End of example


    Example 4 – Employer is paying less than the required $1500 per fortnight for JobKeeper

    A tip-off was received that alleged a marketing company claimed JobKeeper for four employees resulting in payments of approximately $12,000 a month. Two of the employees were discovered to be ineligible for the JobKeeper payment with one on work experience and not paid anything and the other employed after 1 March 2020. The two other employees were eligible, but the employer did not pay them the full $1,500 per fortnight in some fortnights, breaching the wage condition requirement meaning the employer was not entitled to any JobKeeper payment for that employee for any fortnights where less than $1500 was paid.

    We determined that it was not an honest mistake and required the employer to repay $22,500.

    End of example


    Example 5 – Sole trader business included spouse as employee for JobKeeper where spouse had no employment history with the business

    A tip-off was received for a sole trader who claimed JobKeeper for one employee – the spouse. The spouse was also employed elsewhere. After JobKeeper was announced, the employer lodged backdated Single Touch Payroll data and BAS to show payments to the spouse and PAYGW. There was no other history of employment. Bank statements did not show the wage payments being made to the spouse.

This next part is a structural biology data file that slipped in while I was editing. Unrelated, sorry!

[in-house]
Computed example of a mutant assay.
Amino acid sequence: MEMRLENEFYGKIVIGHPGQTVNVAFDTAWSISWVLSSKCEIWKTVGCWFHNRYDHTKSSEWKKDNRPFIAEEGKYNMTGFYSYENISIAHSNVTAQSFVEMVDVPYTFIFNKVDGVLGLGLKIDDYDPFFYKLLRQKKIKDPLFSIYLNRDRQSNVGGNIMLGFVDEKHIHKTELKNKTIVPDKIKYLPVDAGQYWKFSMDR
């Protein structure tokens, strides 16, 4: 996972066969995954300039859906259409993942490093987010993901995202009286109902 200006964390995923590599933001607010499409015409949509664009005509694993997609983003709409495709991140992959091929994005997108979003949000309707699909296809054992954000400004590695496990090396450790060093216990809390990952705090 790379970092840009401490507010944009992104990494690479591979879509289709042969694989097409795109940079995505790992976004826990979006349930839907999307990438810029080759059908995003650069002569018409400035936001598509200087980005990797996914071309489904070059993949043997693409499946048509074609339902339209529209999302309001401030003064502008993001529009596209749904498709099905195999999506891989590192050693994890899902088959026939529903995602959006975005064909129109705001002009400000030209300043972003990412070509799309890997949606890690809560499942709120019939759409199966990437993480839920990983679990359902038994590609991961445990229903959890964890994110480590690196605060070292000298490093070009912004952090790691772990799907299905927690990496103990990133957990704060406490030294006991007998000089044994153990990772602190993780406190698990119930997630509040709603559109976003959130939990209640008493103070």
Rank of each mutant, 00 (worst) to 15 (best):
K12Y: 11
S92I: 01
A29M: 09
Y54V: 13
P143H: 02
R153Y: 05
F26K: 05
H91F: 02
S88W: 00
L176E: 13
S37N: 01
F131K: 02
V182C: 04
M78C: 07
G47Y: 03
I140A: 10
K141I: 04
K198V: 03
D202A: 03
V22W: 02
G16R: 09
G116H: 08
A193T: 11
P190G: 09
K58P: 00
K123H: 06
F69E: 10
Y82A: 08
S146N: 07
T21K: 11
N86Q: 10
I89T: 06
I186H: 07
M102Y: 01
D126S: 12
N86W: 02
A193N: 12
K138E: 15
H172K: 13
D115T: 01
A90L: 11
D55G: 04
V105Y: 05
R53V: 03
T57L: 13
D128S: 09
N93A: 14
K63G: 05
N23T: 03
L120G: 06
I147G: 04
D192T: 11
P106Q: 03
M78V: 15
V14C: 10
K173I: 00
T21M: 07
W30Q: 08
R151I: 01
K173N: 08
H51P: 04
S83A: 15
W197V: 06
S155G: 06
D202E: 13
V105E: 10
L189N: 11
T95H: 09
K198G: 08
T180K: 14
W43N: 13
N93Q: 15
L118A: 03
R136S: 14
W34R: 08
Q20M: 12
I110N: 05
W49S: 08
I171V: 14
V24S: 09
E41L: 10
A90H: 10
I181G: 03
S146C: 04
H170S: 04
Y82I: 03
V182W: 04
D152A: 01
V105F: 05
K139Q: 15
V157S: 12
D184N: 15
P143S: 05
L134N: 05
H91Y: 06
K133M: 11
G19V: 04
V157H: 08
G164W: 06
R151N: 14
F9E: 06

We determined that it was not an honest mistake and required the business to repay $6,000.

    End of example

    See also:

    Your privacy

    Your privacy is protected by the Privacy Act 1988 and the strict secrecy provisions of the Income Tax Assessment Act 1936, the Taxation Administration Act 1953 and other tax laws.

    See also:

    Authorised by the Australian Government, Canberra.

      Last modified: 07 Dec 2020QC 16789